From their debut Mánadans over their self-titled second album to their latest effort Nótt eftir nótt1, synth-punk trio Kælan Mikla from Reykjavík create sonic landscapes that completely make up for any lack of understanding. You don’t need to speak Icelandic; half-spoken half-screamed vo-cals, melodic basslines and other-worldly synth sounds transport the songs’ meanings. Neverthe-less, writing poetry and working with words are integral parts of the band.
So, we met the three women shortly before their show in Cologne to let them prove their verbal skills (and get to know them, of course) and played a simplified version of Taboo. First takeaway: They don’t know Taboo, but they know Alias; it’s basically the same game, but the only forbidden word is the one to be described. Kælan Mikla were eager to explain the words as good as possible and now it’s up to you: Can you guess them? The words are all connected to the band but they’re getting more and more difficult. The correct answers are at the bottom of this article.
Sólveig: It’s a country filled with elves and stones and a thriving music scene. And it’s really beautiful. It’s covered in glaciers and surrounded by ocean.
What do you miss when you’re not there?
Laufey: I miss the nature and just the view. I like seeing the ocean and the mountains, so I miss that.
Sólveig: I really miss the ocean and I miss seeing mountains when I’m walking downtown. And I miss how small and cosy it is; it just feels safe. I live in Germany now, so I really miss the ocean, the smell of it somehow.
Margrét: This is something that you have with other people that you really care about and you think they are pretty awesome and cool and fun and you like to hang out with them and do things with them like for ex-ample make cool music and tour around or just whatever you want. Guess the word!
What does it mean to you and the band?
Laufey: It’s between us. It was between us before the band. And now it’s good to have it.
Margrét: It’s really nice to be in a band like this. That sounded so lame. (laughter)
Sólveig: That’s so cute!
Margrét: It would suck if you were only making music together and you wouldn’t really like each other. Just doing it for business.
Laufey: There’s a lot of bands like that. I don’t want to be like that. And we take people we like with us, as roadies or stuff, not random people.
Do you also have bad experiences with it?
Laufey: It can lead to drama, which has of course happened because that’s normal.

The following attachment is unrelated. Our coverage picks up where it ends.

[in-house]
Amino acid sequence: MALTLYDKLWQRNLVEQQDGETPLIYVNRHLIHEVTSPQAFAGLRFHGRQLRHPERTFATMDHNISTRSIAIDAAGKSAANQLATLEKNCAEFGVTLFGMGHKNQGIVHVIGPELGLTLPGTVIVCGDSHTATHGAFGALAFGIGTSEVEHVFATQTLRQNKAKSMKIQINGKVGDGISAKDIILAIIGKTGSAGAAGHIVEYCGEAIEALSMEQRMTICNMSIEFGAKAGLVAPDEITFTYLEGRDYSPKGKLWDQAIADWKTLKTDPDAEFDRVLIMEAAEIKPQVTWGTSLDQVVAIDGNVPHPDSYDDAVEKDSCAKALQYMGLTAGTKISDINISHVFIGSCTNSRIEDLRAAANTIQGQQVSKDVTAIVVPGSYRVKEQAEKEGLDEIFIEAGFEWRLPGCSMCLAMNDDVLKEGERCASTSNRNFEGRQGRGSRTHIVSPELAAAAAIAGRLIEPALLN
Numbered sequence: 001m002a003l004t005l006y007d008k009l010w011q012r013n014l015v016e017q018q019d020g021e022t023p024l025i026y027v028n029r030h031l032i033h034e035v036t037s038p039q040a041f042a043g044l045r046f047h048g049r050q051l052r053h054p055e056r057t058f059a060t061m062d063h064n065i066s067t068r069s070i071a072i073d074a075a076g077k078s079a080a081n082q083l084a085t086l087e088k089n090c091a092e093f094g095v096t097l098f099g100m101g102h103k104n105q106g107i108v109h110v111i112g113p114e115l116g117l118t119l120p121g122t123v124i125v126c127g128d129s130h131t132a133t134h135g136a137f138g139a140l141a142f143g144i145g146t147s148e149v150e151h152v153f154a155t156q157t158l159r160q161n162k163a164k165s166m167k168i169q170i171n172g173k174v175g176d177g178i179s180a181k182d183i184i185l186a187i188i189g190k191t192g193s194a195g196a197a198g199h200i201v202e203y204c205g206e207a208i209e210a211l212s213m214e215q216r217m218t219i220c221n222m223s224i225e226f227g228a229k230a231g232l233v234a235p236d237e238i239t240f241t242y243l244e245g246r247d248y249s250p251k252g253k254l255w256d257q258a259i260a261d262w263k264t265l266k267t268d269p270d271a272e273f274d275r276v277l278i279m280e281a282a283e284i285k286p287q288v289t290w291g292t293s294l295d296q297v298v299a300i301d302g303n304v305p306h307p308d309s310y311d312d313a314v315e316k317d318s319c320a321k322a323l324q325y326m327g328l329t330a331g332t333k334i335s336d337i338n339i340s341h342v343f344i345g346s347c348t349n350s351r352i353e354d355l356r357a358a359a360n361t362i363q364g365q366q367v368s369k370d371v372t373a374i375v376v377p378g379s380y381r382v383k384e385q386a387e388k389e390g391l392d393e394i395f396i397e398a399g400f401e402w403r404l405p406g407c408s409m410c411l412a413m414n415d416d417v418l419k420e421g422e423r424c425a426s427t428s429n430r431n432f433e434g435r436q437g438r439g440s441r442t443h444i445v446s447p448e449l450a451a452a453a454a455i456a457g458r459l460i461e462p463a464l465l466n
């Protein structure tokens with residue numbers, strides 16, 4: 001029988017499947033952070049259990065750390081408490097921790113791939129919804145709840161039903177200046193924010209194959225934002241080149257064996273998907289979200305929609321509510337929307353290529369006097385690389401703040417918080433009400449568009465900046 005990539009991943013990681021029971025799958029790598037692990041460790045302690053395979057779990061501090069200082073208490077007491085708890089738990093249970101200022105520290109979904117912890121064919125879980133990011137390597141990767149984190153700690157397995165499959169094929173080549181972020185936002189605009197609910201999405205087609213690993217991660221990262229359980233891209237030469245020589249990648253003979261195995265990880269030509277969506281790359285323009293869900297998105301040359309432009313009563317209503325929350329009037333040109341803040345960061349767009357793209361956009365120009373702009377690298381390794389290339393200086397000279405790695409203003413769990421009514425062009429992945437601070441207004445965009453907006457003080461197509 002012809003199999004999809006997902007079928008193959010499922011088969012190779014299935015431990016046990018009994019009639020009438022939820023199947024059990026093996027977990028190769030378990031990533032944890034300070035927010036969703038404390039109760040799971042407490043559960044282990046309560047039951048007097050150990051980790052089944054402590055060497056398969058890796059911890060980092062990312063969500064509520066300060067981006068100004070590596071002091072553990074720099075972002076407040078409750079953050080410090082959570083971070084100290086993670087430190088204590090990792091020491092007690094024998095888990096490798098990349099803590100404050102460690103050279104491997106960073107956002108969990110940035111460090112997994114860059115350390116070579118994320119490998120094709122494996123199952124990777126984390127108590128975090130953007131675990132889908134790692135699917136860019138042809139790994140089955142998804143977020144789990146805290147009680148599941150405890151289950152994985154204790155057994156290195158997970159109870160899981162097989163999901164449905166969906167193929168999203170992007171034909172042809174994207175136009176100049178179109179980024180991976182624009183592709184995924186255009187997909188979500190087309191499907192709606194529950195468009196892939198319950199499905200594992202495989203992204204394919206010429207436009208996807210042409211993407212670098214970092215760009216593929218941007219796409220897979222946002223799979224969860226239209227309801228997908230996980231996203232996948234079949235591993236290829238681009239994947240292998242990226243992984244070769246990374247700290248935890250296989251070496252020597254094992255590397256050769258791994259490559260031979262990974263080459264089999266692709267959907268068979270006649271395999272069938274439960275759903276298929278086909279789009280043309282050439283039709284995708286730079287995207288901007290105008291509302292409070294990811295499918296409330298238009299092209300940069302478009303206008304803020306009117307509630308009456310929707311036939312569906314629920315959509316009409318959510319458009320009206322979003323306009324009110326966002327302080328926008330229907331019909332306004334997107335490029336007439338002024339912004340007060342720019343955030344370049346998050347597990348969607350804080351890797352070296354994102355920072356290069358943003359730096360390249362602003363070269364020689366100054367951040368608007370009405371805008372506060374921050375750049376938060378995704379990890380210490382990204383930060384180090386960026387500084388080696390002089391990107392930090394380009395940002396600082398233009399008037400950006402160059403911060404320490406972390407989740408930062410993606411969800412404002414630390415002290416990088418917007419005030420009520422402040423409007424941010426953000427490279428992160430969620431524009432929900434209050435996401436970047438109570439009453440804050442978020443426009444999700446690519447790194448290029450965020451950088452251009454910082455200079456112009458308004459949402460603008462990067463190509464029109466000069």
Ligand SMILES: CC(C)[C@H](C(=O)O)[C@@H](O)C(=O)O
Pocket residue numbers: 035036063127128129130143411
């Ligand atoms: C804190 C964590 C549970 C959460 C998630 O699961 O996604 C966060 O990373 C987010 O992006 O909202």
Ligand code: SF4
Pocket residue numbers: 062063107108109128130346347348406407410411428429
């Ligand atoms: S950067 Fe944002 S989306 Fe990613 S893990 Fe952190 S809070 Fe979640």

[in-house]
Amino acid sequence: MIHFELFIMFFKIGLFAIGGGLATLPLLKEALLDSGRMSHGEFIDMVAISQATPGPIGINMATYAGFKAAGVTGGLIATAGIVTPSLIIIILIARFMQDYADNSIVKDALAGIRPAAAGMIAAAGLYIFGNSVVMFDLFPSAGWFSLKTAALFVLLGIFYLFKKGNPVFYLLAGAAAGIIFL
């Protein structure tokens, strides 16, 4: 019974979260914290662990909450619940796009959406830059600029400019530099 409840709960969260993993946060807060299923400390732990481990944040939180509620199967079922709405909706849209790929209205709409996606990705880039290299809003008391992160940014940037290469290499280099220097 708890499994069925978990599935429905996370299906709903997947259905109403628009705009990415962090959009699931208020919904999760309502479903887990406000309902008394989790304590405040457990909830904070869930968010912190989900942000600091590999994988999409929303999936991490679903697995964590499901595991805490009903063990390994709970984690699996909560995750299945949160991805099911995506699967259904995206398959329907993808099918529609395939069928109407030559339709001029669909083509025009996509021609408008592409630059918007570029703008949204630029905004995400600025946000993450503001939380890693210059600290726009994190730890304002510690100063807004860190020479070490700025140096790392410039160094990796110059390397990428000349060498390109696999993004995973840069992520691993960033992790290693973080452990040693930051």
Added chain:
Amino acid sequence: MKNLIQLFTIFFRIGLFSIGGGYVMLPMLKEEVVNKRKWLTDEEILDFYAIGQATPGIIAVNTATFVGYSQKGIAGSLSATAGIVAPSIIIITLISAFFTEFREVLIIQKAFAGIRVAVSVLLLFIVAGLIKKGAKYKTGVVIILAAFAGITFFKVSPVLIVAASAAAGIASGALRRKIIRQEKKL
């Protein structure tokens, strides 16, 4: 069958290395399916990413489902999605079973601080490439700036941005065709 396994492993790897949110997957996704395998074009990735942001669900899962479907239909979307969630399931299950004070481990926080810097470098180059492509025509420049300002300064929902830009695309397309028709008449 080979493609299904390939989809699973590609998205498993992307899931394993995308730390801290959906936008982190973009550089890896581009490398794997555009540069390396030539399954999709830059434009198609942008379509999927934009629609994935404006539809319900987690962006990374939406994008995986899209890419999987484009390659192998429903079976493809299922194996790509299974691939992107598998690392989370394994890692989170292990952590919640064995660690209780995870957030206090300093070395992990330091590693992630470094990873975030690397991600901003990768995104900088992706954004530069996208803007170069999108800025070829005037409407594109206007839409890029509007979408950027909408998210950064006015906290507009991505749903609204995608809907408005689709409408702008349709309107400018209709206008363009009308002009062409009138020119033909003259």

Margrét: And it happens when you’re under a lot of pressure and you’re travelling; then you’re hungry or tired and been doing this for many days.
Sólveig: And sometimes we make the people we love the most suffer the most. We have high expectations of them.
Margrét: But in the end, the best part is, just being able to say ‘Sorry, I was angry yesterday’. We can always make up if something happens.
Sólveig: Also for the respect of the band. I sometimes wonder if the band was not existing. Where would we be? Would we be like ‘Hey, do you want to hang out and not make music?’ (laughter)
Laufey: Now it’s getting harder: This is when you can’t sleep.
Margrét: I think it has happened to all of us a lot recently.
Laufey: And we used it as a theme on our album which is called Nótt eftir nótt. You can probably guess what that means. It’s when you don’t have any dreams. It’s like a sickness you get when you can’t sleep for many days. It’s when you’re only awake.
Why do you think did it happen to you?
Sólveig: It was weird, for a couple of months we all experienced this. It was last year. Actually, I have better sleep now, maybe since the album is out.
Margrét: We were all just going through a lot of travelling, missing Iceland and just doing so many things. I was having a lot of sleep paralysis which is really creepy. Your body can’t move, and you see creatures entering your bedroom and the other girls were also having a lot of different sleep problems. And then we started to write the album and it kind of is about not being able to sleep and also about the stage you get in when you are not awake but you’re not asleep either. It’s like that weird middle state that’s really magical and creepy.